The Secretary shall periodically provide to a taxpayer a record of persons contacted during such period by the Secretary with respect to the determination or collection of the tax liability of such taxpayer. Such record shall also be provided upon request of the taxpayer.

The Petitioners contend that this provision was not followed, and therefore the Government cannot meet the Powell factors. Petitioners contend that they were not given notice of any and all persons contacted by the IRS as required.

In response, the Government argues that there is no support for Petitioners' argument that 26 U.S.C. § 7602(c)(2) constitutes a required administrative step for the issuance of a summons. Further, the Government contends that Petitioners have not presented any evidence that the IRS contacted any parties other than the Bank. And finally, Agent Wolf provided a supplemental affidavit that Mountain West Bank is the only third party whom the IRS has contacted during the course of its examination.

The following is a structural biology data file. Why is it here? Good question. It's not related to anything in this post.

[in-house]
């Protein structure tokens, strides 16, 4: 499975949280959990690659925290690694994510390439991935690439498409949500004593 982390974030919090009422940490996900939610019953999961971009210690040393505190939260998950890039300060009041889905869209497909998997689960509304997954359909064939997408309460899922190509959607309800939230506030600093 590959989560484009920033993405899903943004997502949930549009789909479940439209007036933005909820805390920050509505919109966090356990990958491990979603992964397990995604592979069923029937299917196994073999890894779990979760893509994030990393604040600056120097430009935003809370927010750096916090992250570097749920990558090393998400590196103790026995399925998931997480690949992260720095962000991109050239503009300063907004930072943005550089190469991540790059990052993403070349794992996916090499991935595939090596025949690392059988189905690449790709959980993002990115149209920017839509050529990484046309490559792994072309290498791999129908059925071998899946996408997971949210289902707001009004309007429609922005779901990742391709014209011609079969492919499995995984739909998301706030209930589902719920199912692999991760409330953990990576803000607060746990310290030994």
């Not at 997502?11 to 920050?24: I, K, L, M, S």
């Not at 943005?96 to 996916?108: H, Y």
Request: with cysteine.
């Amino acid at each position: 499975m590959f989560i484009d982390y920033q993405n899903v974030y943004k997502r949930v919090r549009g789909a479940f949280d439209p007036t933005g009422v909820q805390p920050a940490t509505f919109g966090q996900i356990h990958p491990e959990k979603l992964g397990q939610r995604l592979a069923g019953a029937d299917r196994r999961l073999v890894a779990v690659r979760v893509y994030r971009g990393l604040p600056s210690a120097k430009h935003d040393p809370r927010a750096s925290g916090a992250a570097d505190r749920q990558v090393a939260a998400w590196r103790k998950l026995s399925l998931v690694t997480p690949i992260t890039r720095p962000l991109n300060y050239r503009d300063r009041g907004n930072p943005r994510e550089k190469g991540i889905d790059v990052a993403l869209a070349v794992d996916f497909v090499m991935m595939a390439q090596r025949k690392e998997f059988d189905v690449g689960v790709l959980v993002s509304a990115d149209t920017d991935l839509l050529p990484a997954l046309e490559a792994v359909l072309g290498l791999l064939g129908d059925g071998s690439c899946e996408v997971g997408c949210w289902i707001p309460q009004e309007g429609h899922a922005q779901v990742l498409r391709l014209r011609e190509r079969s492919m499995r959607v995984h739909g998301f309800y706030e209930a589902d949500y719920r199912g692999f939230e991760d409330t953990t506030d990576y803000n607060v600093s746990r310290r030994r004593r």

The requirements for the issuance of an administrative summons are set forth in 26 U.S.C. § 7609, which require notice and an opportunity to be heard, as well as the requirements of Powell. The Petitioners have not set forth any legal requirement that notice of other contacts is required before the IRS may issue a summons. And, the Petitioners' mere assertion that the IRS did not comply with section 7609 is insufficient to defeat the sworn statements of Agent Wolfe that no third parties other than Mountain West Bank have been contacted during the course of the IRS examination. Petitioners were provided notice via a letter and IRS publications that contained notifications that the Government may contact third parties, and that Petitioner was provided notice of the summonses to the Bank. See Jordan v. United States, 2011 WL 4712247, *3 (S.D. Ohio 2011) ("As petitioner has presented no contradictory evidence [regarding third-party contacts], his second notice claim [under § 7602(c)] must also fail.")